On Apple, Lawsuits & iPhones in Space

| MacOS KenDensed

Mac OS KenMore lawsuit shenanigans, Apple’s retail boss is headed to the mall, Wall Street analysts, iPhones in orbit… It’s like everyone is going out of their way to give Mac OS Ken’s Ken Ray something to talk about this week.

All Your Patents Are Belong to Us
Remember Lodsys and its plan to squeeze patent licensing fees out of iThings app developers? Fortune ran a piece last week that said Apple was looking to intervene on behalf of iOS and Mac developers. The filing has Apple moving “to intervene as a defendant and counterclaim plaintiff” in cases brought by Lodsys against seven developers.

The filing has the company saying, “Apple seeks to intervene because it is expressly licensed to provide to the Developers products and services that embody the patents in suit, free from claims of infringement of those patents.”

Something else weird happened around Lodsys last week. iPodNN says a Michigan-based company called ForeSee Results filed for a declaratory judgment against the company, looking to have four of its patents declared invalid.

Neither ForeSee nor its clients had been sued by Lodysy, but clients including Adidas and BestBuy had received the same sort of strong-arm letters received by the iOS developers saying, “Hey license our patents or we’ll sue you.”

Does ForeSee foresee the patents actually being invalidated? Tough to say… though that may not have been the point of the suit.

iPodNN says, “The new lawsuit was notably filed in the US District Court for the Northern District of Illinois…” not the patent-holder friendly federal court in the Eastern District of Texas. By filing first and far away, ForeSee should be able to have any ensuing suit transferred to Illinois since it filed its suit first.

Lodsys did, by the way, file suit against Adidas and Best Buy, as well as Sam’s Club, Best Western, Black & Decker, the Container Store, the Teaching Company, Vitamin Shoppe, Vegas.com, and CVS.

So now we’ll see if the ForeSee maneuver pays off.

And trolling may not be working out as well for the troll as the troll had hoped.

Electronista says the New York Times Company and OpinionLab have both started legal actions to have patents held by Lodsys invalidated.

Just like the ForeSee suit, the two new suits each seek a declaratory judgment nullifying the Lodsys patents and, just like the ForeSee suit, both NYT and OpinionLab say either they or their clients have received the now famous Lodsys patent infringement claim letters that were received by a number of iOS and Android App developers, as well as big-name companies such as BestBuy and Adidas.

If the Lodsys approach seems fairly shotgun, we’re hearing a bit more today about why that may be. OpinionLab notes that the patents pointed out in the claim letters it received are set to expire in a little over a year, leading them to think that Lodsys is basically trying to get what it can while it can get anything.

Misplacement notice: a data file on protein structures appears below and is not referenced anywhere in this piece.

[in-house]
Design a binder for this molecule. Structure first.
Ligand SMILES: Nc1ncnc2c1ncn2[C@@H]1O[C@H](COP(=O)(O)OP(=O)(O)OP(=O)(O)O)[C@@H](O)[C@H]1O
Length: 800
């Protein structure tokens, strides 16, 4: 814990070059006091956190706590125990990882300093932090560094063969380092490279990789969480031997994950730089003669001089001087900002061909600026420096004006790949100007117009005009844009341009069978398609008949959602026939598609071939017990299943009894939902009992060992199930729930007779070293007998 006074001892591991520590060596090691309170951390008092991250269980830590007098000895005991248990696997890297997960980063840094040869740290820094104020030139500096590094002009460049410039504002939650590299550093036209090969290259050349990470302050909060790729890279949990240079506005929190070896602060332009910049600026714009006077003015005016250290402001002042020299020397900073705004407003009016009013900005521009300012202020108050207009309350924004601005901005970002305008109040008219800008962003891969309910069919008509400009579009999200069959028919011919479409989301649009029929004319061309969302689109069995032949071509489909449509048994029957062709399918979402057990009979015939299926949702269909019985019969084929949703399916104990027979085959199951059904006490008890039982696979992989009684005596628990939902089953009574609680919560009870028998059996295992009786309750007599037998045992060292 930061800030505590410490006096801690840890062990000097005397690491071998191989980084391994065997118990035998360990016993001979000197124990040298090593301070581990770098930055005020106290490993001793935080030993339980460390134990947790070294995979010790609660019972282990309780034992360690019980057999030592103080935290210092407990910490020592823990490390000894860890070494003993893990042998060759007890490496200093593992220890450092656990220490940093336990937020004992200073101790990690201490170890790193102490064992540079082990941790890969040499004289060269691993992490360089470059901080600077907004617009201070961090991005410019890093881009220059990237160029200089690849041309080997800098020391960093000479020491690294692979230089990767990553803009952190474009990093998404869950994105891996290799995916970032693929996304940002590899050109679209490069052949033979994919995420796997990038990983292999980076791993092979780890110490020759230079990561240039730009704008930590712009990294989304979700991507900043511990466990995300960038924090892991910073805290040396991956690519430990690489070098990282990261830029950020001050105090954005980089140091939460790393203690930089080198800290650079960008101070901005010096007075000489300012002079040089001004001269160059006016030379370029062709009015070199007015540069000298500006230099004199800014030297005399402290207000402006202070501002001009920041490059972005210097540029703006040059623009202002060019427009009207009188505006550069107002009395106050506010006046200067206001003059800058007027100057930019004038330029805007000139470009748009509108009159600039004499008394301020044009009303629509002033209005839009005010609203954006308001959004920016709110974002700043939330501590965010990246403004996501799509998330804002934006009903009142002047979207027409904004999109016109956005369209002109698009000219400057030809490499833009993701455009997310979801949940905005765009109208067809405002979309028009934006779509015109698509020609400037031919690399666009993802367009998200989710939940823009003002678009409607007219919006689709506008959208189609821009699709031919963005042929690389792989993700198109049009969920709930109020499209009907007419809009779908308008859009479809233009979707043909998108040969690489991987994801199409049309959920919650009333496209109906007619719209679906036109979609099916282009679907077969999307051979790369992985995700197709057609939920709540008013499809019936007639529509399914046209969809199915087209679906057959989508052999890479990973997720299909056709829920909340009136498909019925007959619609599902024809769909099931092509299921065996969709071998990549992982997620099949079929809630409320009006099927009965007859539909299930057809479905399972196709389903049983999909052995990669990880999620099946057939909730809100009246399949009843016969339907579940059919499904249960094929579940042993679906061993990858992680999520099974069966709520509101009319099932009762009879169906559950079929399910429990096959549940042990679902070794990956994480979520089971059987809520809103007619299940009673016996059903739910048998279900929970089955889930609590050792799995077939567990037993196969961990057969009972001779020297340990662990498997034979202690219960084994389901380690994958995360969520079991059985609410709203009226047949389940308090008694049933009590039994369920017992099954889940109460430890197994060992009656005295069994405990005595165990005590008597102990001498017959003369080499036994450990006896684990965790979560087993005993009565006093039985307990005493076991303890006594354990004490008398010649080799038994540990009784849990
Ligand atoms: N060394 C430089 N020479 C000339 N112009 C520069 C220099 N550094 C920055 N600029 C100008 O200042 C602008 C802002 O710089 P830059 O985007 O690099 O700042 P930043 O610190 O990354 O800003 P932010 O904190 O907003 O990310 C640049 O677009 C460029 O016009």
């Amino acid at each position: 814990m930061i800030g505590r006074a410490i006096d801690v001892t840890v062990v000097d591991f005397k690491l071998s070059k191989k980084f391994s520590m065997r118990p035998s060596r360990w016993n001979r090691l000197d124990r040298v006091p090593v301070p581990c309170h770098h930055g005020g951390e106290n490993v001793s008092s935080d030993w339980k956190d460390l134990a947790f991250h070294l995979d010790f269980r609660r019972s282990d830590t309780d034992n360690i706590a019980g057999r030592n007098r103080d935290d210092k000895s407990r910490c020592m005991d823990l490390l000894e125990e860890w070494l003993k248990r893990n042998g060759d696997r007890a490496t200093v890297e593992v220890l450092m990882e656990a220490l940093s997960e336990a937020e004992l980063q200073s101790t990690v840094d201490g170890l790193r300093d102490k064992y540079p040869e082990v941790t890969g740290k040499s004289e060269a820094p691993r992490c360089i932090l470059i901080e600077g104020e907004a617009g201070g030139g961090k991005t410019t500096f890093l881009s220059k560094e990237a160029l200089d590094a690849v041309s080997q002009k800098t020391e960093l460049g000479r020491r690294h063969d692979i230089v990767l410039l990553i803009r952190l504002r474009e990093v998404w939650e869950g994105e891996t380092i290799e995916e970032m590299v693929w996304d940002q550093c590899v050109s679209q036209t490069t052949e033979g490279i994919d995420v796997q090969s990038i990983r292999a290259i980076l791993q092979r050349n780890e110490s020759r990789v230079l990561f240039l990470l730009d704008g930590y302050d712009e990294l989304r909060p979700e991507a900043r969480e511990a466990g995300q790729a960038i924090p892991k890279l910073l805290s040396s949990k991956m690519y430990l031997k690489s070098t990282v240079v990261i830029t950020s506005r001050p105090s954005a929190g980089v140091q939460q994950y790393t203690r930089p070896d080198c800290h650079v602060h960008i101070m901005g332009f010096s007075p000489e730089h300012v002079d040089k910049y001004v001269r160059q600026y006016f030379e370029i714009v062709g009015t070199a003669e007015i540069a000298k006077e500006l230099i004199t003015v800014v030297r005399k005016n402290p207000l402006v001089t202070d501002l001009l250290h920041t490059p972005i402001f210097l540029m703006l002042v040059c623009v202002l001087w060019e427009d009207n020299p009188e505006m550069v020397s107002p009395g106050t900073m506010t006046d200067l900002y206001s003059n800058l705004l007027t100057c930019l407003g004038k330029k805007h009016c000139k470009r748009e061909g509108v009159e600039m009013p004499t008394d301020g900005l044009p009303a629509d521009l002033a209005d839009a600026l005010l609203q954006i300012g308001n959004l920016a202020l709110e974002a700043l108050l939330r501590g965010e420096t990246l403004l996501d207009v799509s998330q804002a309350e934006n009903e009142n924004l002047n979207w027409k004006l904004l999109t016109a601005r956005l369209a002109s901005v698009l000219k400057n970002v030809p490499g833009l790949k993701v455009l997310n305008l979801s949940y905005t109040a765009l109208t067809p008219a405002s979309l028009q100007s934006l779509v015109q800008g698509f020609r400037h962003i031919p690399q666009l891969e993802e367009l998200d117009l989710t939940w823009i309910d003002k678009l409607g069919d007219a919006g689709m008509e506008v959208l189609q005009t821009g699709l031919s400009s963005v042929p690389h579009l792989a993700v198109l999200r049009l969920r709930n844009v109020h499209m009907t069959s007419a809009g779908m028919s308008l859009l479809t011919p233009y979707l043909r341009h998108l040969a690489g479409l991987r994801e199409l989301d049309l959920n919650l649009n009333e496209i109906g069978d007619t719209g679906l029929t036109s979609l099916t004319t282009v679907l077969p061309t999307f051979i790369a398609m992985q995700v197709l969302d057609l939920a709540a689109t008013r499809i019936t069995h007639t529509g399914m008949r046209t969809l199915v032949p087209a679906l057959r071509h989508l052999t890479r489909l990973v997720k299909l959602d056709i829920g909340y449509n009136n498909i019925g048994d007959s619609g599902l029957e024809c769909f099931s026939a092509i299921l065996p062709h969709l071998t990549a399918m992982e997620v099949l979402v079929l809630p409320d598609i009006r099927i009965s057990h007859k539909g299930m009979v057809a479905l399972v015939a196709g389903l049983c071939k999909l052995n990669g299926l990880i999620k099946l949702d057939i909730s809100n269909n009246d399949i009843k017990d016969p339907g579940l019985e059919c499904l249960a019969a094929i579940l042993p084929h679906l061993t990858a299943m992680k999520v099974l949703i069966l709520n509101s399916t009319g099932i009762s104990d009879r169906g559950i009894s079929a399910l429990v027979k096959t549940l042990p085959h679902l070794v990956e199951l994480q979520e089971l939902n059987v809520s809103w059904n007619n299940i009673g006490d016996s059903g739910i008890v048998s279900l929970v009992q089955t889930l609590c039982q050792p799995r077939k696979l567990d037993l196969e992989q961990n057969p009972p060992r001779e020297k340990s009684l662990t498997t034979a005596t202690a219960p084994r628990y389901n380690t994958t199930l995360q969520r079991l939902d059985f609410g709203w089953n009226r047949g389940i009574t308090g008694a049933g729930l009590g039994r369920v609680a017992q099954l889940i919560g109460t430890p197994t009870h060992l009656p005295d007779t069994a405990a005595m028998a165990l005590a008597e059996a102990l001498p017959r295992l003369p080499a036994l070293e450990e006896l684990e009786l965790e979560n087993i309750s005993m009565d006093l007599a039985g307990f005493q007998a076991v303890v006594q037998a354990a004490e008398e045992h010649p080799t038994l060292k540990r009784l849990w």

Quoting the OpinionLab filing:

Because Lodsys seeks to maximize its investment in the purchase of these patents and due to their imminent expiration, Lodsys has engaged in a calculated, widespread, and improper course of conduct in attempting to extract as much revenue as possible from purported ‘infringers,’ even though Lodsys could not possibly believe, in good faith, that the allegations of infringement were proper or justified.

Everyone Wants some iCloud
Apple did something fairly unApple before announcing iCloud: it bought the domain name iCloud.com off the company that owned the domain name and the associated trademark. And yet it’s being sued for trademark violation.

I don’t understand either, except what I’m piecing together from pieces in AppleInsider and Engadget.

They’ve got iCloud Communications filing a lawsuit against Apple, saying the Cupertino-company has infringed on its trademark, which it’s been using to do something very similar to what Apple plans to do with iCloud since 2005.

Never mind the fact that what they actually seem to do is sell Voice over IP gear and services. They say in their suit that they use the iCloud trademark for “identical to or closely related” stuff, and they’re hoping that’ll be good enough for the courts.

Or — more likely — good enough to get Apple to pay them, what to them, would be boatloads of money… and what, for Apple, would be money left in the change dish by the front door.

Also, forget the fact that Apple has applied for the iCloud trademark, while there’s no indication that iCloud Communications has done the same.

The suit says Apple has damaged its trademark, and is seeking “all profits, gains and advantages” … “all monetary damages sustained,” and it wants Apple to quit using the iCloud name. And it would like Apple to “deliver for destruction all labels, signs, prints, insignia, letterhead, brochures, business cards, invoices and any other written or recorded material” with the iCloud name.

Probably gonna happen. Except for the probably part.

Mac App Store: Retail Killer
At least one analyst thinks that that Mac App Store only model may be bad news for retailers other than Apple. Macworld has Stephen Baker of the NPD Group saying while selling the OS through the Mac App Store won’t hurt Apple’s bottom line, it could take its toll on others.

Quoting Baker:

The Best Buys, the Staples, the PC Connections, they all still have a decent Mac software business… This will have an impact on all those guys. [The release of an OS upgrade] is always a good opportunity for them to connect to customers, get them into the store and thinking about upgrading their devices.

The software business is in the throes of significant changes, and [Apple’s move] is a part of that,” says Baker. “The whole business is clearly changing how operating system developers deliver upgrades.

Up in the Sky! It’s Steve Jobs!
Do you like Steve Jobs? Do you like comic books?

Do you see where this is going?